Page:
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  1. Experimental Philosophy on Time.James Norton - 2021 - Philosophy Compass.
    Appeals to the ‘common sense’, or ‘naïve’, or ‘folk’ concept of time, and the purported phenomenology as of time passing, play a substantial role in philosophical theorising about time. When making these appeals, philosophers have been content to draw upon their own assumptions about how non-philosophers think about time. This paper reviews a series of recent experiments bringing these assumptions into question. The results suggest that the way non-philosophers think about time is far less metaphysically demanding than philosophers have assumed.
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  • What Bergson Should Have Said About Special Relativity.Peter Kügler - 2020 - Synthese 198 (11):10273-10288.
    The debate between Einstein and Bergson is a salient episode in the history of modern physics and a telling example of the interaction between science and philosophy. This paper initially discusses five reasons why Bergson criticised Einstein for giving up absolute time. The most important one was Bergson’s commitment to an intuitionist, anti-Kantian metaphysics informed by common sense. Apart from that, he knew that the theory of special relativity permits “duration” in the form of the passage of proper time, to (...)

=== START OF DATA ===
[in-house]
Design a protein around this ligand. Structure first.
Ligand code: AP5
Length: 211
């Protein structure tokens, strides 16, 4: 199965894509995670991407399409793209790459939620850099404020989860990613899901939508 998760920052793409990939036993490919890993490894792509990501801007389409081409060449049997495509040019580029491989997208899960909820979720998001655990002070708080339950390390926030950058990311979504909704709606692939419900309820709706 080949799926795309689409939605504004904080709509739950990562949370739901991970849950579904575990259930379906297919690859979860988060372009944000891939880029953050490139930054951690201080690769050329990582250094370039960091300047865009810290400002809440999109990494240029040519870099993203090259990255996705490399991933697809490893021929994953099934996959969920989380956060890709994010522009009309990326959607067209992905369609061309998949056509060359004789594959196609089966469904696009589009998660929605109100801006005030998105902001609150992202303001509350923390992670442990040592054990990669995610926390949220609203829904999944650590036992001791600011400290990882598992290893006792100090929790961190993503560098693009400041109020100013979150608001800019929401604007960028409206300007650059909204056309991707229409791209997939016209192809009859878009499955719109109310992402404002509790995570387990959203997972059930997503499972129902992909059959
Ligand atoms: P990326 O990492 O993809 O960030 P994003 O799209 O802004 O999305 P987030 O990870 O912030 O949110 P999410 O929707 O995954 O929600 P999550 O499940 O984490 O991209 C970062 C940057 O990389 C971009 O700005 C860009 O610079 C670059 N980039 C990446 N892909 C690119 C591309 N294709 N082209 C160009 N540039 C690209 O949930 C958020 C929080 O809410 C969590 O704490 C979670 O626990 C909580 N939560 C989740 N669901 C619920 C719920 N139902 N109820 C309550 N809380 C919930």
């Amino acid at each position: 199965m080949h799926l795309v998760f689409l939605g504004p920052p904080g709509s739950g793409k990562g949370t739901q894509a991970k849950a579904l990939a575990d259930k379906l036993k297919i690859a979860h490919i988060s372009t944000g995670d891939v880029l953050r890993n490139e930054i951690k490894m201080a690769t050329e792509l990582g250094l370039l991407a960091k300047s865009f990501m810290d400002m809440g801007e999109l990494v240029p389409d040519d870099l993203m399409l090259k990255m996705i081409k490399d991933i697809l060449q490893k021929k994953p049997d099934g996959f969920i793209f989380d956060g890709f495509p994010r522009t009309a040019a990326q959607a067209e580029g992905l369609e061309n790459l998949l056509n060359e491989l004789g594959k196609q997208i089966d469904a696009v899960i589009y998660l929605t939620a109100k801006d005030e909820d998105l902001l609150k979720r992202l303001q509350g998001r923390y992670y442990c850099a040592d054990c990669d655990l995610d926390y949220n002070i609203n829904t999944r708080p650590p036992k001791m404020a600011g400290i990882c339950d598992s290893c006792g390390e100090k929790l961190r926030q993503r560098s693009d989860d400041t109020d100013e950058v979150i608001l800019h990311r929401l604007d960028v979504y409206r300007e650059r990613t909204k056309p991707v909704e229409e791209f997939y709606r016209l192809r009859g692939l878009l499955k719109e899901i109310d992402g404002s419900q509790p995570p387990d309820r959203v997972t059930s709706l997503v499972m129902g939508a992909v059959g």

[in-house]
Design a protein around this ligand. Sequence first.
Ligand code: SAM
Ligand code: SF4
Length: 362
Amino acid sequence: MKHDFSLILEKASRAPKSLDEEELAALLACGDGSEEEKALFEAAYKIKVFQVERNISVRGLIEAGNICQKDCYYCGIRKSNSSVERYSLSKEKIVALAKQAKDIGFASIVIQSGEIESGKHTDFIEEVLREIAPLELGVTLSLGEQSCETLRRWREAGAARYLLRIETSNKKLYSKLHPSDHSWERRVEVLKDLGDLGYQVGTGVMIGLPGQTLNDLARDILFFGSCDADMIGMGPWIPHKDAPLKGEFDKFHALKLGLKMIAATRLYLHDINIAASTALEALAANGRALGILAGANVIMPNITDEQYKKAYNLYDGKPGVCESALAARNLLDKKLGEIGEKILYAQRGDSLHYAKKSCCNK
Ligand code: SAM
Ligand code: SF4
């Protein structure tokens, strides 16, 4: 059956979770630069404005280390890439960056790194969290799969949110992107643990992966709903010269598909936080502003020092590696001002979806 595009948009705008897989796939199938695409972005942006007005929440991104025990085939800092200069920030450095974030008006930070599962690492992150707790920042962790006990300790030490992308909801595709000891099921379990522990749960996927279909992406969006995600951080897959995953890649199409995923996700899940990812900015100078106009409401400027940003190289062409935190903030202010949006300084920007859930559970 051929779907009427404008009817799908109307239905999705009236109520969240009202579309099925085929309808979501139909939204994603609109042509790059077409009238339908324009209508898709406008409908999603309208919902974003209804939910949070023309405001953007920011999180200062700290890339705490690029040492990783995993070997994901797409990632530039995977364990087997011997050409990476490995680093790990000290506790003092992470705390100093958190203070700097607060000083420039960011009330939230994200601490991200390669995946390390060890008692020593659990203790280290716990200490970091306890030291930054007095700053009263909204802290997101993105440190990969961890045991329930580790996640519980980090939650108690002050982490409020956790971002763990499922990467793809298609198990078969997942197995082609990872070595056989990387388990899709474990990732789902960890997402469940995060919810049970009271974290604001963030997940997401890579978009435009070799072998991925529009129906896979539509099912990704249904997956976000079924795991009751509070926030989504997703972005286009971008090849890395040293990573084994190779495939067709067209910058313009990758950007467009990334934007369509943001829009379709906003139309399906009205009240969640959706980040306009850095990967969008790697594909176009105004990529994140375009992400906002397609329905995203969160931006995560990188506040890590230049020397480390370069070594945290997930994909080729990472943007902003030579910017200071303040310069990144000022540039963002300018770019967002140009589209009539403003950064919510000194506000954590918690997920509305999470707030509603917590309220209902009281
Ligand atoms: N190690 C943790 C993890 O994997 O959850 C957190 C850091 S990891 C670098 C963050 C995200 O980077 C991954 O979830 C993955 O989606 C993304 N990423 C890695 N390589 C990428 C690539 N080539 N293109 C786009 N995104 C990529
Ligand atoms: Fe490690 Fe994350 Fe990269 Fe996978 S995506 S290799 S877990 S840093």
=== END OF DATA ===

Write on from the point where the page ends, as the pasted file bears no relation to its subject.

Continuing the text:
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  • Einstein's Train in Fragmentalist Presentism.Paul Merriam - manuscript
    It is often thought the relativity of simultaneity is inconsistent with presentism. This would be troubling as it conflicts with common sense and—arguably—the empirical data. This note gives a novel fragmentalist-presentist theory that allows for the (non-trivial) relativity of simultaneity. A detailed account of the canonical moving train argument is considered. Alice, standing at the train station, forms her own ontological fragment, in which Bob’s frame of reference, given by the moving train, is modified by the Lorentz transformations. On the (...)
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  • C‐Theories of Time: On the Adirectionality of Time.Matt Farr - 2020 - Philosophy Compass (12):1-17.
    “The universe is expanding, not contracting.” Many statements of this form appear unambiguously true; after all, the discovery of the universe’s expansion is one of the great triumphs of empirical science. However, the statement is time-directed: the universe expands towards what we call the future; it contracts towards the past. If we deny that time has a direction, should we also deny that the universe is really expanding? This article draws together and discusses what I call ‘C-theories’ of time — (...)
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